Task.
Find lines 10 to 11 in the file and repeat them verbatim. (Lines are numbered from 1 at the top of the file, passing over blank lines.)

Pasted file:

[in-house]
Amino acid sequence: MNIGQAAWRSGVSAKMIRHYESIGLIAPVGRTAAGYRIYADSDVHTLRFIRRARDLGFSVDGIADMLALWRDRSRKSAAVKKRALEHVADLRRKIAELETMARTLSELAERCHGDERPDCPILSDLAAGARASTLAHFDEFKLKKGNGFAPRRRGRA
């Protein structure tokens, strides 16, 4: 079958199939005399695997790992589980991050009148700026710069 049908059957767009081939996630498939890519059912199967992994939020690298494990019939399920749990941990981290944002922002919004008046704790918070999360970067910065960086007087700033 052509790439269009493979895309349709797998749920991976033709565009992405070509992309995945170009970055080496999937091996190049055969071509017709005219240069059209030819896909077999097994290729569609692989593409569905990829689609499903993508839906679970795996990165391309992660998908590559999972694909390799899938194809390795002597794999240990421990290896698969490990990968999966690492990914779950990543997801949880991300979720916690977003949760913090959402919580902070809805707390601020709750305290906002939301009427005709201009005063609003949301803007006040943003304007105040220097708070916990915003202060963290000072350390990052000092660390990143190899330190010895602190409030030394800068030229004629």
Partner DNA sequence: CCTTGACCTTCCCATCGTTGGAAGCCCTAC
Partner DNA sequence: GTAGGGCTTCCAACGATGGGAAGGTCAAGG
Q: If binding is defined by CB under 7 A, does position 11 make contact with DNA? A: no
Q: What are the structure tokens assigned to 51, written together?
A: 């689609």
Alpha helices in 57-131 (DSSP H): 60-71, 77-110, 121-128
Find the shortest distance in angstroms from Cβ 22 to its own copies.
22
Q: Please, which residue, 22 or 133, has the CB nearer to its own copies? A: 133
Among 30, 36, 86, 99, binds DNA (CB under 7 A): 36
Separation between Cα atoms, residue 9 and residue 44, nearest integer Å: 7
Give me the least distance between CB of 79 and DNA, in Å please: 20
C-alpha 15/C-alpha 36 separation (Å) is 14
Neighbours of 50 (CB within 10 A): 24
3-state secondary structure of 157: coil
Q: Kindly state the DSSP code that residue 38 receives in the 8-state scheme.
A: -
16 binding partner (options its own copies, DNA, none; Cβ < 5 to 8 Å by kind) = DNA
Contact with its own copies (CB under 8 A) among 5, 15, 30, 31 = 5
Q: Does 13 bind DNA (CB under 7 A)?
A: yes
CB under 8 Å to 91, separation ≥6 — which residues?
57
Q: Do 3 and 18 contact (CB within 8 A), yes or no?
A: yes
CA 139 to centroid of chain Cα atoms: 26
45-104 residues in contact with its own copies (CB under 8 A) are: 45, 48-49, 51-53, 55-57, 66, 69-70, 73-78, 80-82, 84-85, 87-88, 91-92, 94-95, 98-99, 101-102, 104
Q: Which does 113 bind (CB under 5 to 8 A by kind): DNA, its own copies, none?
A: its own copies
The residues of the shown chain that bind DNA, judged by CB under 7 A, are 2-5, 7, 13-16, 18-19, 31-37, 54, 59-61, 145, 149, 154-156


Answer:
Find the shortest distance in angstroms from Cβ 22 to its own copies.
22